In “Explaining the Trump Phenomenon” Stanford Professors Brady and Rivers consider if the anti-establishment rise is caused by American’s believing “special interests use their money to get their way most or all of the time and the government does not care about people like them.” They conclude: “much of Donald Trump’s support appears to come from Republicans who have lost faith in Washington.” While excellent, the piece excluded the “human interest” side, an example of which is unfolding as Florida Governor Scott considers Alimony Reform/Shared Parenting.
This is the second time this legislation has passed the House and Senate previously causing a veto. Now, a grassroots movement again passed legislation by substantial margins; the very definition of democracy.
Shared Parenting is supported by 43 peer reviewed papers, 110 world experts and over 70% public support with no differences across gender or political lines. Studies show children denied shared parenting have higher substance abuse, behavioral issues, and physical, social and emotional problems. Shared Parenting is practiced in a number of states: in 2012 Arizona implemented laws encouraging judges to maximize the time children spend with both parents and in 2015, Utah implemented law providing a minimum of 40% time with each parent.
Further, fatherlessness is an epidemic. Researchers from Princeton, Cornell and Berkley published “The Causal Effects of Father Absence” concluding problems experienced by children of divorce are caused by father absence with others examining the correlation between fatherlessness and school shooting perpetrators. Recently actor and economist Ben Stein wrote "A World Without Fathers: That's Why Our Country is Falling Apart". In introducing a Shared Parenting Bill in Missouri, Republican Senator Wayne Wallingford plainly said, “Most fatherlessness is not caused by abandonment; it’s created by an outdated court system.”
So if Shared Parenting is best for children and supported by 70% of women, men, liberals and conservatives, it should be the law of the land, right? Wrong. Enter the Establishment, stage right.
In the political sphere, a divergence seems to occur which isn’t reflective of the populace. Republicans seem more likely to support legislation and left-leaning Feminist groups and Democrats, more likely to oppose. In addition to the “red states” mentioned above, bills furthest along this session include Iowa, Missouri and Florida. In all, it’s Republicans sponsoring and Democrats opposing.
In 2014, an initiative was opposed by liberal, feminist groups AAUW, North Dakota Women's Network and ACLU. Currently, Florida’s Bill is opposed by liberal, feminist groups N.O.W., the League of Women Voters and UniteWomen.Org. This, despite only 18% of American’s identifying as feminists, a number of feminists plainly stating fathers face sexist discrimination in Family Courts and polls showing American’s believe top groups discriminated against in our courts include the poor, African Americans and Fathers.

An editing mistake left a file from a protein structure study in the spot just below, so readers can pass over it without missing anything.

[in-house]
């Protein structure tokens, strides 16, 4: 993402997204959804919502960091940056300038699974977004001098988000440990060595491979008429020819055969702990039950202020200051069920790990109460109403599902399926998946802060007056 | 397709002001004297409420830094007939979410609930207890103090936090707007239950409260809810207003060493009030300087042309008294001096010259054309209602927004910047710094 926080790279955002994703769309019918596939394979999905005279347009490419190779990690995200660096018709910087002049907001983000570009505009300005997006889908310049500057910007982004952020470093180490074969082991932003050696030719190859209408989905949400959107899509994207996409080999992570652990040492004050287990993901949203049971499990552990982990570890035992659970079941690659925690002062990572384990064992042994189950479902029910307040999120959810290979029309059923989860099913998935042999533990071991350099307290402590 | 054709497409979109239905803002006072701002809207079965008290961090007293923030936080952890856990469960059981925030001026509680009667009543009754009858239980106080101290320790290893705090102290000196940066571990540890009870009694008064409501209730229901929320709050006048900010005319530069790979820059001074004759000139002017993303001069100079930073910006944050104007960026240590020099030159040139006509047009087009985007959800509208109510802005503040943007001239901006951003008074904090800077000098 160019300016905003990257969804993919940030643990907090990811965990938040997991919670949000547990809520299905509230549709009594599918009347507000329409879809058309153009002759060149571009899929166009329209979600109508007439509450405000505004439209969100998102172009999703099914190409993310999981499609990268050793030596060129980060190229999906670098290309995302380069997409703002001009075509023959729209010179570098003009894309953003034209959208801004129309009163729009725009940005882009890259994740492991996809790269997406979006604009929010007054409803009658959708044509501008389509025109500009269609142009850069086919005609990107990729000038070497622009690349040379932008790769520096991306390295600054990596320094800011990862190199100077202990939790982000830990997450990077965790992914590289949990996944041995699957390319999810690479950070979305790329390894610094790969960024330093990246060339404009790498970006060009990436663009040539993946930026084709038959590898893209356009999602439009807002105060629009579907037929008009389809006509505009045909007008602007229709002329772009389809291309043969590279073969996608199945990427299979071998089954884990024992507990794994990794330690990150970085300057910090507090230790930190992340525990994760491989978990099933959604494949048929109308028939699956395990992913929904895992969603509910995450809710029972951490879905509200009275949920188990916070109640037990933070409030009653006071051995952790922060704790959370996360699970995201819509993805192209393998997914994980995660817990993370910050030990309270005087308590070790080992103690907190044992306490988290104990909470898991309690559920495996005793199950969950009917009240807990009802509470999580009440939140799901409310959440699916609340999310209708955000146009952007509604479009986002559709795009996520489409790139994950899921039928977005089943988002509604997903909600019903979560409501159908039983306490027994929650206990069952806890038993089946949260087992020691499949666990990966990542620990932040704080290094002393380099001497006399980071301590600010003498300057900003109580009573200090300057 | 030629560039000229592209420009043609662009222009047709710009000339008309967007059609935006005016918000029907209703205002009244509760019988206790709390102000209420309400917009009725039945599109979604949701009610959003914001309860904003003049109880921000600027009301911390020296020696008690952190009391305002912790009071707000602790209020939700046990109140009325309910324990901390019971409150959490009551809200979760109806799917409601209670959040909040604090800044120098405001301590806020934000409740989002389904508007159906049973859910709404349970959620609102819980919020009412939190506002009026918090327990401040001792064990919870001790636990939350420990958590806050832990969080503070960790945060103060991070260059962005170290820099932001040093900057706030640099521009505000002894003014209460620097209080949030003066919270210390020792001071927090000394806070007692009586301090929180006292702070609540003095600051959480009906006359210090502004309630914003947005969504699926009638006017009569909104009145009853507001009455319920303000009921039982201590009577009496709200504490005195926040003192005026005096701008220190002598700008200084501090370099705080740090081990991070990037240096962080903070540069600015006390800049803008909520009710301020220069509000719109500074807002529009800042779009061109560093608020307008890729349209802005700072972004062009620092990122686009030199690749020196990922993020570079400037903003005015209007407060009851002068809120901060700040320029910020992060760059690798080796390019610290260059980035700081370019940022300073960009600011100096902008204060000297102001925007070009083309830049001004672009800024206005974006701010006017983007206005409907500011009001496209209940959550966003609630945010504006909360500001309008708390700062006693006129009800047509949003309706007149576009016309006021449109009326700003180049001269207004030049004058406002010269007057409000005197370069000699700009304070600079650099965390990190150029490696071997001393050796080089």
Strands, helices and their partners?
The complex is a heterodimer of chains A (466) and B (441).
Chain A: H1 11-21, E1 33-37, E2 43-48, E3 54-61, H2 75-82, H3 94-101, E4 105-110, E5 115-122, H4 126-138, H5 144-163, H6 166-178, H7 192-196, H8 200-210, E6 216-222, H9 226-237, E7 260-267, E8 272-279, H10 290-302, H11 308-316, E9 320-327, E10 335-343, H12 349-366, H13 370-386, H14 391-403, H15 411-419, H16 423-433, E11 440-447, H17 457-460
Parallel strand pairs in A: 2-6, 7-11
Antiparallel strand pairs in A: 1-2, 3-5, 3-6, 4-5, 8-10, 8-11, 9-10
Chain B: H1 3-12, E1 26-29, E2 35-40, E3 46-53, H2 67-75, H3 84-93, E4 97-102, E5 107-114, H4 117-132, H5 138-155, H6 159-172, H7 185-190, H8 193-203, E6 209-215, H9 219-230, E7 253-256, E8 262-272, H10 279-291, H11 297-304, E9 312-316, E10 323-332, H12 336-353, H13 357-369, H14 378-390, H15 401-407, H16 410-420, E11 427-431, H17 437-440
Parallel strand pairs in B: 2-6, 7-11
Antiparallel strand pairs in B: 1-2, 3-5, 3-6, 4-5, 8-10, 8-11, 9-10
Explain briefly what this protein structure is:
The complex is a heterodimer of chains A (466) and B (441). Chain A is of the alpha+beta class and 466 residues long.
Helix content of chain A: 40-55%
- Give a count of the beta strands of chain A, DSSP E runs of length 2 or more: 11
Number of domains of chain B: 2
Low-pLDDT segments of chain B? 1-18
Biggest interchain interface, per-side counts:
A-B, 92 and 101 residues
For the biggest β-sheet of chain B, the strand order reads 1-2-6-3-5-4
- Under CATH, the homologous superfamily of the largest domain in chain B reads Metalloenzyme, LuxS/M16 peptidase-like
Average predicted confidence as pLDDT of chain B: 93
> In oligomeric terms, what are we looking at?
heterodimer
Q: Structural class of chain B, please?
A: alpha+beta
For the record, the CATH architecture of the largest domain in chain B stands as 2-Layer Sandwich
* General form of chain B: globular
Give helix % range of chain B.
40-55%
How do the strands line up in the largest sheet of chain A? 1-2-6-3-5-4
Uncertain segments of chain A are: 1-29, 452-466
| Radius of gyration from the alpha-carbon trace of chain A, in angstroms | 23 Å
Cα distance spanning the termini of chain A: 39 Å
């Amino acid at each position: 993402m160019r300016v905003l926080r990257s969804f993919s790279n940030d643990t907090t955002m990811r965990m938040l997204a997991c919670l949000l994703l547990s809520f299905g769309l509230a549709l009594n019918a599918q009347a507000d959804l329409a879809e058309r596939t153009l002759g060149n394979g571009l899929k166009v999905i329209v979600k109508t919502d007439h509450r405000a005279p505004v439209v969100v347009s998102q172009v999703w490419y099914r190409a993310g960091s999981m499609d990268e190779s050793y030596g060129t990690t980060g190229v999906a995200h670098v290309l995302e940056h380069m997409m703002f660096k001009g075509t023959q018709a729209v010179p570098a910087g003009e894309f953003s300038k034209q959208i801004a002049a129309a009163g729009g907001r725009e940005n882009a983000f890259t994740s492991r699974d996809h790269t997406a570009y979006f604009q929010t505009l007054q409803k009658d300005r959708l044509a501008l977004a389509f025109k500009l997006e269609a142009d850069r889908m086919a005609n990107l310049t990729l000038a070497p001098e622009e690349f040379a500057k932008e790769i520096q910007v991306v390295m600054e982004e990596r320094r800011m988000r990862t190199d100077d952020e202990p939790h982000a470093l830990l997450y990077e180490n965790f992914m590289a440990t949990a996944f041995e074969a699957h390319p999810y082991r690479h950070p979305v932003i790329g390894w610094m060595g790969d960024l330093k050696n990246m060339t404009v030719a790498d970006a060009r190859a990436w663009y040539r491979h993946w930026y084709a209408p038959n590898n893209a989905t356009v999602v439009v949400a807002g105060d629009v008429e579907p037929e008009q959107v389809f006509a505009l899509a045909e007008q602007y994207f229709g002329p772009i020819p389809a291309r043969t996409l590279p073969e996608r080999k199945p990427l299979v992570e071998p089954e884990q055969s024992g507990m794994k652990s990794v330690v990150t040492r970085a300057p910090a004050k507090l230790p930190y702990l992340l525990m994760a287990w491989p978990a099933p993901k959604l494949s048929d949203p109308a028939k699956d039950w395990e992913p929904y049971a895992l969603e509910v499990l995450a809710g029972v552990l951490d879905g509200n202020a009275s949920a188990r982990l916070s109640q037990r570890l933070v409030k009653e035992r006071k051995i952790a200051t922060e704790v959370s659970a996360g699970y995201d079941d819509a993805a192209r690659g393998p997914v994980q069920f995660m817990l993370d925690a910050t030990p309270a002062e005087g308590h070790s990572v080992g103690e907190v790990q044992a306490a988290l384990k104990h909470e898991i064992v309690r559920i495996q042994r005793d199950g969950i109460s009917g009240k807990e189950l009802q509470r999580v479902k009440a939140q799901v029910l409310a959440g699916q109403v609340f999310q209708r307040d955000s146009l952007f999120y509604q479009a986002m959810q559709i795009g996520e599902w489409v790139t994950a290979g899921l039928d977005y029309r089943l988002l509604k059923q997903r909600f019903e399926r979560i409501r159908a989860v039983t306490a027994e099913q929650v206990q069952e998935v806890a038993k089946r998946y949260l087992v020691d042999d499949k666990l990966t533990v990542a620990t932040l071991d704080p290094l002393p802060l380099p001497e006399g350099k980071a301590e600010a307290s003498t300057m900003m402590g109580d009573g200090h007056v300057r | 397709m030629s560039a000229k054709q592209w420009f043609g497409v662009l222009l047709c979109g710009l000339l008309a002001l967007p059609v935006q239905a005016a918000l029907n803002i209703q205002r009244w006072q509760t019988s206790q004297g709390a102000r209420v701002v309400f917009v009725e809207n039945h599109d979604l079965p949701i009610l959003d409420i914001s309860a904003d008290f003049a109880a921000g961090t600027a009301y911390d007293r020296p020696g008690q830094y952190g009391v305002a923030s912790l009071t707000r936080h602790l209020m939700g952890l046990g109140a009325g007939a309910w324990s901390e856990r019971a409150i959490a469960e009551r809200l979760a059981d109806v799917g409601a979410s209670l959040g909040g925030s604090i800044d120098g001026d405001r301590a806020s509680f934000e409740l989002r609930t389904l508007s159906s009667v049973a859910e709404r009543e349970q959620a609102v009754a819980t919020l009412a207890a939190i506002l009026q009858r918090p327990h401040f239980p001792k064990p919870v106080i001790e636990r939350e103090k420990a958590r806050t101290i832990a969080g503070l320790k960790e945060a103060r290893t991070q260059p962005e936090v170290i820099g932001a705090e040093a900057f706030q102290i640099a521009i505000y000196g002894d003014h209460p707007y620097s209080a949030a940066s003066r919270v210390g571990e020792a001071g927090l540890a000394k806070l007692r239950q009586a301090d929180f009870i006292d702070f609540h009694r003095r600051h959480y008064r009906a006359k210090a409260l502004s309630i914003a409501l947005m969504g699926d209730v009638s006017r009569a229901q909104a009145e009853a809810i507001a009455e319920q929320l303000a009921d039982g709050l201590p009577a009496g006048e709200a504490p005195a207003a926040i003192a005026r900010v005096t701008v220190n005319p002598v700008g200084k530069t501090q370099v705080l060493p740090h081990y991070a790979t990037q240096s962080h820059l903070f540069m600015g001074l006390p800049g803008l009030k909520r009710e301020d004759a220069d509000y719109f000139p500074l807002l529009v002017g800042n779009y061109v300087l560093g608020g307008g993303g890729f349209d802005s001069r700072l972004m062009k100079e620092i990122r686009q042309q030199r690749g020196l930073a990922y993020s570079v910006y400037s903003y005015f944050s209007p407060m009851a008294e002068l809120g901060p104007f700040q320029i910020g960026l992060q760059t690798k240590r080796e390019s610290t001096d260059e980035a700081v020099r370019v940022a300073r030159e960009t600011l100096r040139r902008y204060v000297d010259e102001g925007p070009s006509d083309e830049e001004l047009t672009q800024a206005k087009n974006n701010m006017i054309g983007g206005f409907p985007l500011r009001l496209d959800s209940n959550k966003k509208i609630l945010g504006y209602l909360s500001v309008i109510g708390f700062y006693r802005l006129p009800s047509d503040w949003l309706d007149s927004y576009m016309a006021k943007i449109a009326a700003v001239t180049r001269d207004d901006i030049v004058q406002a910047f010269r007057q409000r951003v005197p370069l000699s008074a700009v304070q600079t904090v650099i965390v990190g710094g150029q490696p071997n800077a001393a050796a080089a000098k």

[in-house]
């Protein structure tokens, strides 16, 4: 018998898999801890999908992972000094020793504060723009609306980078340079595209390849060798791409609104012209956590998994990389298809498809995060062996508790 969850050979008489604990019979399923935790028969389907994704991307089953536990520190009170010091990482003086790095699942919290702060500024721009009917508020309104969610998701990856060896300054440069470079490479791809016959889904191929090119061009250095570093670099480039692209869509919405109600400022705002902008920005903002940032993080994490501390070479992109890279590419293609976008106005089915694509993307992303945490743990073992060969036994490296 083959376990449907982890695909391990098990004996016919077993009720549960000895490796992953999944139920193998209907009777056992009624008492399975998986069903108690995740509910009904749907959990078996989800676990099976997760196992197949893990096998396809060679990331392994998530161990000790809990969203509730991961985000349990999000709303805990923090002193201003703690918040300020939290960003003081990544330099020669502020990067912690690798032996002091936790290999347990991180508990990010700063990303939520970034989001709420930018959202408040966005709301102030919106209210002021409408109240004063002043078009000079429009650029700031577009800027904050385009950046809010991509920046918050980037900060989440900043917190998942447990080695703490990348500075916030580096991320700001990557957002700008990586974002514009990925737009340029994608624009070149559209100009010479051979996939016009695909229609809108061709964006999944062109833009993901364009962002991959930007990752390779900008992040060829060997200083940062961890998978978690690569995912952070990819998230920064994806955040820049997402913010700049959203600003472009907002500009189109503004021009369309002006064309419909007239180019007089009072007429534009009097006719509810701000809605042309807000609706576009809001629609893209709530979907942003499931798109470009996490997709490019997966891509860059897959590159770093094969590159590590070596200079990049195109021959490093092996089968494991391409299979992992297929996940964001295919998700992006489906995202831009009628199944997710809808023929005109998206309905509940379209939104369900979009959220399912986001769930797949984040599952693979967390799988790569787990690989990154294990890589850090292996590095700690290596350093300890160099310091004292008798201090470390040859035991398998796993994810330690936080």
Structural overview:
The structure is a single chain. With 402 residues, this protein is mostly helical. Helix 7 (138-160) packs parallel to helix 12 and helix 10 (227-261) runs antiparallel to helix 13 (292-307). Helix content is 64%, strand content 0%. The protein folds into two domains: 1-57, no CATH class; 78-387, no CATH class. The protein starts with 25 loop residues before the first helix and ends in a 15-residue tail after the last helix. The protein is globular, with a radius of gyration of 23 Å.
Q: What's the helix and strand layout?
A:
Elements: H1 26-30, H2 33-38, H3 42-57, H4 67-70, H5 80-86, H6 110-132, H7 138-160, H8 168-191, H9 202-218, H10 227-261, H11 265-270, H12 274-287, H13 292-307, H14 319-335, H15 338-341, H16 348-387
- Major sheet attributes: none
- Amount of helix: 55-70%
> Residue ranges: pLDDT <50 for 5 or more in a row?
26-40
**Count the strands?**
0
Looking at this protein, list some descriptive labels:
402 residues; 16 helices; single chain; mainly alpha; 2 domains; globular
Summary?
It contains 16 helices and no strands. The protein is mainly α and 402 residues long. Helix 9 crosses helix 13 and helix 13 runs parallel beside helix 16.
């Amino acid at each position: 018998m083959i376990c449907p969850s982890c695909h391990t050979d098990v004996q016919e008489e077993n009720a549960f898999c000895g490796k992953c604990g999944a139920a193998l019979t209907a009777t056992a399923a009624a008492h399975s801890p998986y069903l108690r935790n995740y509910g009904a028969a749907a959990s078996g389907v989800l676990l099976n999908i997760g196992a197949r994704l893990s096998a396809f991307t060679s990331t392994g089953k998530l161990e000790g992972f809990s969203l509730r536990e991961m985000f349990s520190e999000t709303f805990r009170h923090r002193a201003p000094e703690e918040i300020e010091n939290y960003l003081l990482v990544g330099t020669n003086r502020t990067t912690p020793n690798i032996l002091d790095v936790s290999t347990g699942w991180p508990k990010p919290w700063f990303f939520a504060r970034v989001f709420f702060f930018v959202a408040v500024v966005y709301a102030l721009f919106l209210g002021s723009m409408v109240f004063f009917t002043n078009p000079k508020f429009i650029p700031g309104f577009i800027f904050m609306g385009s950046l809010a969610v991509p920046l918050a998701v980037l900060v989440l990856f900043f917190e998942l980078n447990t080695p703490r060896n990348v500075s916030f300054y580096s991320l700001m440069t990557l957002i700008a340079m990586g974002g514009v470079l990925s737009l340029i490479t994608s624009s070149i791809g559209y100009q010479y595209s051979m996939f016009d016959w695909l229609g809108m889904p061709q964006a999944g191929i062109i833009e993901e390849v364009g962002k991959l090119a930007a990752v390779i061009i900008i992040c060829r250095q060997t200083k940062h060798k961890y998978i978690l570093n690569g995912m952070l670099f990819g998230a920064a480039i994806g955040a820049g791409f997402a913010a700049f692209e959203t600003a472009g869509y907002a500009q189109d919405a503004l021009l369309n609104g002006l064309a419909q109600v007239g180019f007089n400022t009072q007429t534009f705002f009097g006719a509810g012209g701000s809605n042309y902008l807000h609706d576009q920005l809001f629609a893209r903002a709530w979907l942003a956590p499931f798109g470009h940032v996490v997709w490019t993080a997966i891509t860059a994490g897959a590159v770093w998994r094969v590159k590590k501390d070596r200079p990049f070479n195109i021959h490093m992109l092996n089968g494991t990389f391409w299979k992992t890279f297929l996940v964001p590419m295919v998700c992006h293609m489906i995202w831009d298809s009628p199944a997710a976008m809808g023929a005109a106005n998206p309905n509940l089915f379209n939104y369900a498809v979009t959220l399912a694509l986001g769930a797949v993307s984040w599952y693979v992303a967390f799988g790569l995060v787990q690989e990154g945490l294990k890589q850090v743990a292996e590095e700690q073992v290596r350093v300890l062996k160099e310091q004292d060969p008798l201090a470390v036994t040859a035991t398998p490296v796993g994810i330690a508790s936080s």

But behind the scenes, another group holds the most power: The Bar Associations. Bar associations promote policies for their attorney membership and they don’t like shared parenting. Why? In voicing her support Catherine Real, an attorney with 38 years’ experience explained, “This will reduce the amount of litigation because of the presumption fathers are going to have equal timesharing with their children”. Less litigation means less money for lawyers so Bar Associations will go to any length to stop Shared Parenting including breaking the law. In the last two years, both Nebraska and North Dakota’s Bar Associations were sued for their actions opposing Shared Parenting. In North Dakota, they actually said they were spending $50,000 to $70,000 to defeat the measure so they could be in court less and make less money.
Now, the Florida Bar Association hired lobbyists who used to work directly for the Governor, to obtain his veto. That is the very definition of establishment politics causing a citizen revolt and substantiating special interests use their money to get their way and government does not care about citizens. A veto would also embolden the anti-establishment demographic weary of conservatives siding with liberals as it would entail turning your back on House and Senate Republicans to side with Democrats, N.O.W. and trial attorneys.
For too long, we’ve suffered from too many politicians and a dearth of leadership. The Anti-Establishment movement, in both parties, is an opportunity to end back room deals benefiting the few at the expense of the many, especially when it hurts children so lawyers can profit. That’s the very cause of the anti-establishment movement.